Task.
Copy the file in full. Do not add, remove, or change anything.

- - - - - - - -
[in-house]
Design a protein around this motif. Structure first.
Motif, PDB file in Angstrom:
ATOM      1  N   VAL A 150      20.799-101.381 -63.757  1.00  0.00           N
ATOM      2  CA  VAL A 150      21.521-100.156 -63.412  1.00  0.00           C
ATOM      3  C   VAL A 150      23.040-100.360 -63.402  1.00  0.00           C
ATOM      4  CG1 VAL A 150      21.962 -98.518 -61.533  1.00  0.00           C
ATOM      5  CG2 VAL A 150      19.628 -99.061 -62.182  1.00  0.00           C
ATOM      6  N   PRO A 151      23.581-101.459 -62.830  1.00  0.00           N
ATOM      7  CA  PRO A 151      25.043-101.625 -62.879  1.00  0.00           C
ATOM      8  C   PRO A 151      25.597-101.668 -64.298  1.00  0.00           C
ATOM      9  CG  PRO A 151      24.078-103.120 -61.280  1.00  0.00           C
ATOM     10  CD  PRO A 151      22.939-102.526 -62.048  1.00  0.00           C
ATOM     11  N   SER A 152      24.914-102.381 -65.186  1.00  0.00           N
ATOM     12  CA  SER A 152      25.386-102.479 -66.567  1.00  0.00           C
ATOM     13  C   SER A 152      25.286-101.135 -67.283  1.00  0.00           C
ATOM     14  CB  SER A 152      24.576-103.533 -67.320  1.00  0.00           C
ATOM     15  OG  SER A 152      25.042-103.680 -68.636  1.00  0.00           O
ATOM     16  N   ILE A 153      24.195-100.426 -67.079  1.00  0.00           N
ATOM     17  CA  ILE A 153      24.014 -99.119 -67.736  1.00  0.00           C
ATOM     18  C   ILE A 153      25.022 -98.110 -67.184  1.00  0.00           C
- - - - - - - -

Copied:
[in-house]
Design a protein around this motif. Structure first.
Motif, PDB file in Angstrom:
ATOM      1  N   VAL A 150      20.799-101.381 -63.757  1.00  0.00           N
ATOM      2  CA  VAL A 150      21.521-100.156 -63.412  1.00  0.00           C
ATOM      3  C   VAL A 150      23.040-100.360 -63.402  1.00  0.00           C
ATOM      4  CG1 VAL A 150      21.962 -98.518 -61.533  1.00  0.00           C
ATOM      5  CG2 VAL A 150      19.628 -99.061 -62.182  1.00  0.00           C
ATOM      6  N   PRO A 151      23.581-101.459 -62.830  1.00  0.00           N
ATOM      7  CA  PRO A 151      25.043-101.625 -62.879  1.00  0.00           C
ATOM      8  C   PRO A 151      25.597-101.668 -64.298  1.00  0.00           C
ATOM      9  CG  PRO A 151      24.078-103.120 -61.280  1.00  0.00           C
ATOM     10  CD  PRO A 151      22.939-102.526 -62.048  1.00  0.00           C
ATOM     11  N   SER A 152      24.914-102.381 -65.186  1.00  0.00           N
ATOM     12  CA  SER A 152      25.386-102.479 -66.567  1.00  0.00           C
ATOM     13  C   SER A 152      25.286-101.135 -67.283  1.00  0.00           C
ATOM     14  CB  SER A 152      24.576-103.533 -67.320  1.00  0.00           C
ATOM     15  OG  SER A 152      25.042-103.680 -68.636  1.00  0.00           O
ATOM     16  N   ILE A 153      24.195-100.426 -67.079  1.00  0.00           N
ATOM     17  CA  ILE A 153      24.014 -99.119 -67.736  1.00  0.00           C
ATOM     18  C   ILE A 153      25.022 -98.110 -67.184  1.00  0.00           C